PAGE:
One of those companies makes the Luna Display, a hardware-based dongle that plugs into the Mac to turn the iPad into a secondary display. According to Luna Display’s founders, though Sidecar offers similar connected technology, the Luna Display is sticking around.
“We’re not going anywhere,” wrote CEO Matt Ronge and Head of Product Giovanni Donelli in a blog post shared this afternoon. The two go on to explain that while they’re disappointed in Apple’s decision, they plan to continue to cater to creative professionals.
We’ve spent the last five years building innovative products like Astropad and Luna Display that cater to true creative professionals. Our team has always doubled-down on delivering deep customization and low-latency input. Why? Because that’s user-driven and that’s what we do.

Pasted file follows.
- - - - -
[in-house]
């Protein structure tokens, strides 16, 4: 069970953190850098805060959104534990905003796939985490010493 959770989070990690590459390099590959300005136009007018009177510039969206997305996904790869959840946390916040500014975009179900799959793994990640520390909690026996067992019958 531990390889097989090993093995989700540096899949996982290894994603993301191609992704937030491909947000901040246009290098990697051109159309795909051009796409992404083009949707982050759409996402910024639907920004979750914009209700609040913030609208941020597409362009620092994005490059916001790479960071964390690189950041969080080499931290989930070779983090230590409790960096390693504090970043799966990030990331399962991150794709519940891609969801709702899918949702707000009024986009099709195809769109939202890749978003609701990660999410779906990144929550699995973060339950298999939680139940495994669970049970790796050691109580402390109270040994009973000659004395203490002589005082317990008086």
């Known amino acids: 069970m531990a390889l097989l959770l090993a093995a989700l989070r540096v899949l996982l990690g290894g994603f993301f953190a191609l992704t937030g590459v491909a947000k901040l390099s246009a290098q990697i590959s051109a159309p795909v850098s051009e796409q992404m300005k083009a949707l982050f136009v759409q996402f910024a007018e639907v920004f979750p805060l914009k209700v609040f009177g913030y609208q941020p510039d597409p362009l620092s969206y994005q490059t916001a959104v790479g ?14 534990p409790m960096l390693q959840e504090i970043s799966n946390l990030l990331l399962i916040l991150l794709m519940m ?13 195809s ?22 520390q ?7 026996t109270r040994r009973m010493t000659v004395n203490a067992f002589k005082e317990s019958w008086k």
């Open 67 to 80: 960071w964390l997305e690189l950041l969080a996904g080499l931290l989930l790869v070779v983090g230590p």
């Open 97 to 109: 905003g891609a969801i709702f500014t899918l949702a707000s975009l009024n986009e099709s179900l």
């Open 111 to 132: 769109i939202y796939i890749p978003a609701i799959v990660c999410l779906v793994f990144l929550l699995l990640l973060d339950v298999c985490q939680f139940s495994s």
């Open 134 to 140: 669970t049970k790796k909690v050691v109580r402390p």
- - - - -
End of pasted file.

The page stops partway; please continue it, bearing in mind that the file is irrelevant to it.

If you have basic needs, Apple’s Sidecar may do the trick. But if you’re a pro, we’ve built Luna Display to fit around your creative workflow.
We know that creative pros have highly-individualized and unique ways of working productively. Whether you need to collaborate with multiple users, or take advantage of the Mac mini’s portability by setting your iPad as the main display — Luna offers the freedom and flexibility to build a connected workspace around your needs, so you can be productive anywhere.
Luna Display’s founders are also planning to expand to new platforms and see a “bright future” in Windows.
The Luna Display adapter has been around since it launched as a Kickstarter project in 2017, and before that, Astropad, an iOS and Mac app that offers Sidecar-like functionality, was available for using an iPad or iPhone as a secondary display for a Mac.
Sidecar is available in macOS Catalina and it takes just a few clicks to turn an iPad into a secondary display. Sidecar does have its limitations, though, and is only available on newer Macs from 2015/2016 and later.